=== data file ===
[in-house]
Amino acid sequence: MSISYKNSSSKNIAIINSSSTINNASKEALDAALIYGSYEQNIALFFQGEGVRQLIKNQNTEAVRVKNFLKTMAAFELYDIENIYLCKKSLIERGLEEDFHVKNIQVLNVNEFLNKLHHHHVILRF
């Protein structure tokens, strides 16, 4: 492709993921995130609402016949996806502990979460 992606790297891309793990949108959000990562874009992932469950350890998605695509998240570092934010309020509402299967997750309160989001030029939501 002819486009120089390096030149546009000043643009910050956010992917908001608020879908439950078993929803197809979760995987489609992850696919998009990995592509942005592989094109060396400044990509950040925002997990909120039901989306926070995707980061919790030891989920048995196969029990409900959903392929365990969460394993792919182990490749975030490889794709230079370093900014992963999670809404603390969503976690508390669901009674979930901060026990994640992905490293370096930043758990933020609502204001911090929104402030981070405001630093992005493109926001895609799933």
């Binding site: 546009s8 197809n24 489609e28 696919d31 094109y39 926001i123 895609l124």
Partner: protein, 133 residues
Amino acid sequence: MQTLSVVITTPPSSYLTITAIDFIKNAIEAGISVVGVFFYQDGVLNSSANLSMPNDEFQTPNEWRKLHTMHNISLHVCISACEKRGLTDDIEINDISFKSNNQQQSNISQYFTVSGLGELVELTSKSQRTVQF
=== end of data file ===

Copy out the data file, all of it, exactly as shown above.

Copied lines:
[in-house]
Amino acid sequence: MSISYKNSSSKNIAIINSSSTINNASKEALDAALIYGSYEQNIALFFQGEGVRQLIKNQNTEAVRVKNFLKTMAAFELYDIENIYLCKKSLIERGLEEDFHVKNIQVLNVNEFLNKLHHHHVILRF
């Protein structure tokens, strides 16, 4: 492709993921995130609402016949996806502990979460 992606790297891309793990949108959000990562874009992932469950350890998605695509998240570092934010309020509402299967997750309160989001030029939501 002819486009120089390096030149546009000043643009910050956010992917908001608020879908439950078993929803197809979760995987489609992850696919998009990995592509942005592989094109060396400044990509950040925002997990909120039901989306926070995707980061919790030891989920048995196969029990409900959903392929365990969460394993792919182990490749975030490889794709230079370093900014992963999670809404603390969503976690508390669901009674979930901060026990994640992905490293370096930043758990933020609502204001911090929104402030981070405001630093992005493109926001895609799933």
């Binding site: 546009s8 197809n24 489609e28 696919d31 094109y39 926001i123 895609l124």
Partner: protein, 133 residues
Amino acid sequence: MQTLSVVITTPPSSYLTITAIDFIKNAIEAGISVVGVFFYQDGVLNSSANLSMPNDEFQTPNEWRKLHTMHNISLHVCISACEKRGLTDDIEINDISFKSNNQQQSNISQYFTVSGLGELVELTSKSQRTVQF